Transcription, Captioning, Subtitles, Accessibility, and Chicken Soup

Making sure that all forms of media, be it audio, video, or printed material are accessible to every person is critical across all platforms. There are numerous and varied ways to enable people to reach content across these essential formats. Transcription, captioning, and subtitle services play a pivotal role in making sure that these forms of content are available to all.

A Personal Touch

Sandy Poritzky (Mr.), owner and founder of the Audio Transcription Center, offers his first-hand perspective on accessibility. Sandy is legally blind and hard of hearing. As someone who is legally blind, Sandy utilizes equipment that assists him with the tasks he completes on a daily basis while running his business. These include but are not limited to a reading machine, hearing aids, and his wife Janice who helps him with a plethora of tasks each day.

Grandma Janice

Janice is also known as “Grandma” of Grandma’s Chicken Soup, an online company that ships soup as gifts for occasions such as get well, bereavement, or new baby gifts. They also make great gift packages for college students! (Visit Grandma’s Chicken Soup to order some delicious soup!)

In regard to his reading machine, the LyriQ Reader, Sandy notes, “It’s a God send for someone who doesn’t see very well, it’s a God send. I can put a whole book on here, page by page, and it will read the book too. I love the machine!

LyriQ Reader, 16-hour battery life, 3 lbs.

Transcription services provide a text-based rendering of audio and video content. Captioning services provide an on-screen overlay of the words being spoken, along with descriptions of other non-speech and sounds like music and sound effects. They serve as a tool for accessing spoken dialogue for communities including those who are deaf, hard of hearing and those who have other accessibility concerns. Subtitle services add written text to audio or video to display the spoken content. They are especially useful for non-native language speakers. Sandy is able to digest this information through the use of his reading machine (pictured above). It helps him listen to printed text by scanning documents and reading them out loud. He is able to control the speed at which the machine is reading, as well as the volume, allowing for greater flexibility and making it more customizable to each user. This is just one assistive technology device that exists in making content inclusive. Other kinds of assistive technology devices that exist to enhance the digestion of material include (but are not limited to): screen readers, screen magnifiers, assistive listening devices, reading pens, braille displays, and other adaptive software.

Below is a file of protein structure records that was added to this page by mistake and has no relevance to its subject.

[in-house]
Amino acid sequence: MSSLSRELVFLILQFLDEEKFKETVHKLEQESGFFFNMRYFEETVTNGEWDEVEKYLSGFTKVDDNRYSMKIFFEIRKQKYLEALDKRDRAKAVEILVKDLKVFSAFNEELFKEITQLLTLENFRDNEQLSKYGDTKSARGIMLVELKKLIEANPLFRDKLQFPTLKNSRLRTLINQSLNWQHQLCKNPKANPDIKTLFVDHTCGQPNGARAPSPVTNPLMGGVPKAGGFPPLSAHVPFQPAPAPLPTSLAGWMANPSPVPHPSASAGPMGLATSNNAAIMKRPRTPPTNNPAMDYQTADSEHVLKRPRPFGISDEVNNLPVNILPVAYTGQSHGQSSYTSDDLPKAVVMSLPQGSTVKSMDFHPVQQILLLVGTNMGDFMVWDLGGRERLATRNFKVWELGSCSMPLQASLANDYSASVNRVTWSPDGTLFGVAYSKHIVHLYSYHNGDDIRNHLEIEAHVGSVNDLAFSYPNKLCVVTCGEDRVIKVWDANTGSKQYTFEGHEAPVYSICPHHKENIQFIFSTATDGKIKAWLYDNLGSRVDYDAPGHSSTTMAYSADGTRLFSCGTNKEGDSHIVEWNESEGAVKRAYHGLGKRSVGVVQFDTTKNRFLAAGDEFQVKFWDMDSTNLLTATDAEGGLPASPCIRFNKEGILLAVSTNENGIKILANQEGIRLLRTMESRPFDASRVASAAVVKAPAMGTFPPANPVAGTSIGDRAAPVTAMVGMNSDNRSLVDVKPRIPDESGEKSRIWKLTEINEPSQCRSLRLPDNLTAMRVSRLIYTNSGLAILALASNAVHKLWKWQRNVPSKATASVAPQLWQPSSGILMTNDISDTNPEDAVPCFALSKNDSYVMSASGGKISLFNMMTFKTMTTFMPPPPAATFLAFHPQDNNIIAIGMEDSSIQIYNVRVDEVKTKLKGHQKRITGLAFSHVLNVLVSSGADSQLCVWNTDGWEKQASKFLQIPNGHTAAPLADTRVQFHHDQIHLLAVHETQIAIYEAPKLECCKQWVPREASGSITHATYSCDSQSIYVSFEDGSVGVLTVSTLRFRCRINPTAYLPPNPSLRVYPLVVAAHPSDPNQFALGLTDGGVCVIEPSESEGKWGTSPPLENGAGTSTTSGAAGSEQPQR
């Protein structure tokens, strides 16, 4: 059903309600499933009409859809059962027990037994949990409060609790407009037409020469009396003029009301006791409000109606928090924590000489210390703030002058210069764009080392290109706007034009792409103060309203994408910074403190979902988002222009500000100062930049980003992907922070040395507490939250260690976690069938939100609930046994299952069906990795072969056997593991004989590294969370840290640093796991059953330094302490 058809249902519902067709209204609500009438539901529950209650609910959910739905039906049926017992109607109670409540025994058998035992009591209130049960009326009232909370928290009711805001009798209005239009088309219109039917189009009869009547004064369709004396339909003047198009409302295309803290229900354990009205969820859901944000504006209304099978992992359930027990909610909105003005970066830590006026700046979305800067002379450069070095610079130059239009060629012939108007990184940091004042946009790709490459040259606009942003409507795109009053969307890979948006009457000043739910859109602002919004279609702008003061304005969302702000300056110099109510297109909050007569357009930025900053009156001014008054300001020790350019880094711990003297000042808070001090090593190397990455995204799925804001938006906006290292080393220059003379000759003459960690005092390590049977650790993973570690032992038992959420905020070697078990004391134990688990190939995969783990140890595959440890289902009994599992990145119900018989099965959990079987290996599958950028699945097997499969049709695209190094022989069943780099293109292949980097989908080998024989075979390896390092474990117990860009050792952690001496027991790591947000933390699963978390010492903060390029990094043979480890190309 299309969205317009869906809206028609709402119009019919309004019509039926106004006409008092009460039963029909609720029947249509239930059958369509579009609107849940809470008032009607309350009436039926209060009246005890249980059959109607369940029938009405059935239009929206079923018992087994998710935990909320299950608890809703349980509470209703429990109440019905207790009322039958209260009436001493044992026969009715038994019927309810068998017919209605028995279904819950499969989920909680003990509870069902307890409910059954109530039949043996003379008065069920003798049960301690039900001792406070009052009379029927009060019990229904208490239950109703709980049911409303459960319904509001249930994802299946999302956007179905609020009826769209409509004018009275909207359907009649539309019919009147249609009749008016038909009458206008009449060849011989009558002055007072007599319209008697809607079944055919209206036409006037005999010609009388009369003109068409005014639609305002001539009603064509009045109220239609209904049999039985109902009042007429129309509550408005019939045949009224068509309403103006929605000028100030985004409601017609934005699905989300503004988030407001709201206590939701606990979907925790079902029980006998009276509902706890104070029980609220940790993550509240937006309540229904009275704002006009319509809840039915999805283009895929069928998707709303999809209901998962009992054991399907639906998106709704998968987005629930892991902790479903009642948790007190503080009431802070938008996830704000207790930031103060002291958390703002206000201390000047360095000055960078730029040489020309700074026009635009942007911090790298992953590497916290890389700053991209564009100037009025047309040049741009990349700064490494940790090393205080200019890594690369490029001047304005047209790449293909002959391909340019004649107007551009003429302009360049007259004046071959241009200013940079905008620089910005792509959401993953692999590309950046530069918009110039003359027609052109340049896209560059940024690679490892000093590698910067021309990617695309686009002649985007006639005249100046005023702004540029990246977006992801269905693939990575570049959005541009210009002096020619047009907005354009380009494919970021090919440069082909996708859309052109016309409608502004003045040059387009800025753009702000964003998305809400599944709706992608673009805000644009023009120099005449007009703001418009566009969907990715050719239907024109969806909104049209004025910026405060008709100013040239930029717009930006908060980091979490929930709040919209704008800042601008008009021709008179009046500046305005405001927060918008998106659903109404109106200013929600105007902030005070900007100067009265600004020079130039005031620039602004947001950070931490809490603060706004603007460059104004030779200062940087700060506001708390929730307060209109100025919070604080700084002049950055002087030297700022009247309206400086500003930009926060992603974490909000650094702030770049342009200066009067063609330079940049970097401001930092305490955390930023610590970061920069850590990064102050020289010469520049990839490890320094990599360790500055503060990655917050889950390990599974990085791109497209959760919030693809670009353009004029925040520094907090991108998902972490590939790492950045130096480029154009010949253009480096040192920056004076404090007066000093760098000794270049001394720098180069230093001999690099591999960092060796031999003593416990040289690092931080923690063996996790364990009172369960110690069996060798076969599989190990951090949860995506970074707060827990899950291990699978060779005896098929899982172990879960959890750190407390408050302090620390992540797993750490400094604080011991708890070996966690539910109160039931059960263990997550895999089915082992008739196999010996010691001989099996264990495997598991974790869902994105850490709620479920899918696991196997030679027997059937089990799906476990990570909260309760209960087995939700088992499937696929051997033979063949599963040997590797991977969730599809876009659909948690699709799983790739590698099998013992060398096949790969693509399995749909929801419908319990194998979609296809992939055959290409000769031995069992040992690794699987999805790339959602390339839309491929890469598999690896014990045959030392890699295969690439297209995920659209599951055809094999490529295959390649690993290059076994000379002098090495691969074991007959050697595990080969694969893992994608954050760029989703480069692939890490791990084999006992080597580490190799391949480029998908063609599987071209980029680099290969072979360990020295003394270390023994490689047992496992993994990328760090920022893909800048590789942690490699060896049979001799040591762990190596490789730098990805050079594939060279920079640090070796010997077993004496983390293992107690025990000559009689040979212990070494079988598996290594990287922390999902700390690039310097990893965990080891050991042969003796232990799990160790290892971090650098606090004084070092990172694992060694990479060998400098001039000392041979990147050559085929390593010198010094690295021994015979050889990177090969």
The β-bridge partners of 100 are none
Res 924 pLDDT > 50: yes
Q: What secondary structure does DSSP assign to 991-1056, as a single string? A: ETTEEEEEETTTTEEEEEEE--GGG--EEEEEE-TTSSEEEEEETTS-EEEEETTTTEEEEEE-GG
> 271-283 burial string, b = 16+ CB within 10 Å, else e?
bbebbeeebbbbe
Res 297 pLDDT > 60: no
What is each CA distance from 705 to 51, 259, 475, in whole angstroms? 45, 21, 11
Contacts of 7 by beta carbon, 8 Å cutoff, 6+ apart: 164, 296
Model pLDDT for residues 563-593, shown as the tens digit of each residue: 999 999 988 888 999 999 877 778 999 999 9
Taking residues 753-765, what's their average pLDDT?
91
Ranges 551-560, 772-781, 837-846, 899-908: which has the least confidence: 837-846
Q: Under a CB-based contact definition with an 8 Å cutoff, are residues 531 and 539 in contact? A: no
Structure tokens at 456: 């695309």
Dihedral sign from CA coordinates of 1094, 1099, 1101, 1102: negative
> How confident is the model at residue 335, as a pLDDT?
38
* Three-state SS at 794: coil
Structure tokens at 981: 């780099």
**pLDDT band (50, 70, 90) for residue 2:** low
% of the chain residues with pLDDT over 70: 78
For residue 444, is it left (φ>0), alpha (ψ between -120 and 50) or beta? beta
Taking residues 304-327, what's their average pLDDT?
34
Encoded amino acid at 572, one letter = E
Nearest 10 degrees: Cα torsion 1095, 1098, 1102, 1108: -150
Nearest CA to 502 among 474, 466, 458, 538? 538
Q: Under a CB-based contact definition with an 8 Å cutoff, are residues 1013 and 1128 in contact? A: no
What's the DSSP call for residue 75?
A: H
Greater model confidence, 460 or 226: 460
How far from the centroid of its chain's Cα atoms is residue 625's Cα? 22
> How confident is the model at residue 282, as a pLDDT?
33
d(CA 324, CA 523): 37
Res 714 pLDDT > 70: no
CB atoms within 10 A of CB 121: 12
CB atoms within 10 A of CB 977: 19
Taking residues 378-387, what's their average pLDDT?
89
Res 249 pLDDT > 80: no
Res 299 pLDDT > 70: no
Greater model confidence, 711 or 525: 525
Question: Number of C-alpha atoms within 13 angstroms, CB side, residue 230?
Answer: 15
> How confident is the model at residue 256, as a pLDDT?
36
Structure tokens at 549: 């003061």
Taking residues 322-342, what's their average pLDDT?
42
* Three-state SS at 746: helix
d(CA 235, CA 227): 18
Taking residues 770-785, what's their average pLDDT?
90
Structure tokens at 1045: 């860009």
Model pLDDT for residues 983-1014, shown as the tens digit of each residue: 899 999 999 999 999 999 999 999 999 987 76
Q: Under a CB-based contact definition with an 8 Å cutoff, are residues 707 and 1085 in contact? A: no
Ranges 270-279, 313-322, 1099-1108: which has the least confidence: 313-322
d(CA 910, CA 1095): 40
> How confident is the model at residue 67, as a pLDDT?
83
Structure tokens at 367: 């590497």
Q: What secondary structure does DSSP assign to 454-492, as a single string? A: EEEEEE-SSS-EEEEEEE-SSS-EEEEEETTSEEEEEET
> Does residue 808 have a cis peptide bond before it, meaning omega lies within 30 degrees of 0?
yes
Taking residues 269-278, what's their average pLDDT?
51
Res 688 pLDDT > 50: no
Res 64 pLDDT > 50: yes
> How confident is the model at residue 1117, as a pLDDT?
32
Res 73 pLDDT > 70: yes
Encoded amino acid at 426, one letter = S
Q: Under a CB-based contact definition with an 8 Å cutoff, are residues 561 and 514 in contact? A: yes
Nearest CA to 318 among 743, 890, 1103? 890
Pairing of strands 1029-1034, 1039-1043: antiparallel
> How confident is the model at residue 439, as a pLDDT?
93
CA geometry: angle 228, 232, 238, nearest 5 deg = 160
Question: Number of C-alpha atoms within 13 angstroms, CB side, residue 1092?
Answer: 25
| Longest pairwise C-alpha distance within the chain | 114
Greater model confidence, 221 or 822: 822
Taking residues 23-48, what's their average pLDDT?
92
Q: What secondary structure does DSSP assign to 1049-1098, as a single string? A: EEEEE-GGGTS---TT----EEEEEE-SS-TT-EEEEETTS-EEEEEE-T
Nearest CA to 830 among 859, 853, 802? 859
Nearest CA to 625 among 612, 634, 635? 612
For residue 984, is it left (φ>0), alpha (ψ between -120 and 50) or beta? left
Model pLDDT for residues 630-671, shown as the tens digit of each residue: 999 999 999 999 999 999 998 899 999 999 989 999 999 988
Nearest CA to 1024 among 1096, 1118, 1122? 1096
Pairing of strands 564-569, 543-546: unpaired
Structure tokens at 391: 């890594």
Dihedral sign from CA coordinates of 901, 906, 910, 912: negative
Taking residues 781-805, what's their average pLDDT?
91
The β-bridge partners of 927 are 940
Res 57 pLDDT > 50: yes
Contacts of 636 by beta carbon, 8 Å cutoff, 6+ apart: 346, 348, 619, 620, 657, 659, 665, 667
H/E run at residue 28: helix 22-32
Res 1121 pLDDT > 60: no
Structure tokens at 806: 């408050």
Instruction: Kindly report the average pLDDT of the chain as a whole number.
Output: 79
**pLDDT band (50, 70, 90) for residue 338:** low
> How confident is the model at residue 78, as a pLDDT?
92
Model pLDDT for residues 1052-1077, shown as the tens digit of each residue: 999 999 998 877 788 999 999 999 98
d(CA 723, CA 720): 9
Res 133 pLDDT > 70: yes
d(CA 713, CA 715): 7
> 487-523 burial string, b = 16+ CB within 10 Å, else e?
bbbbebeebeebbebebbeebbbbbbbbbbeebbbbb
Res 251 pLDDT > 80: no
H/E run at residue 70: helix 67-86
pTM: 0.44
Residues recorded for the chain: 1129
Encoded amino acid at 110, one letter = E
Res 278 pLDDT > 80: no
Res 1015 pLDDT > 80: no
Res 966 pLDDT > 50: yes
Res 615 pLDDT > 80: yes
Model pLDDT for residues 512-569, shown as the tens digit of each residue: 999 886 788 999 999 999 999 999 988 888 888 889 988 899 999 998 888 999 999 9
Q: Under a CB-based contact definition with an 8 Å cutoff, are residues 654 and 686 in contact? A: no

Transcription and captioning services are crucial in promoting inclusivity and reachability across all platforms of media. These services empower individuals from all communities to be able to engage in most aspects of the digital and printed world.

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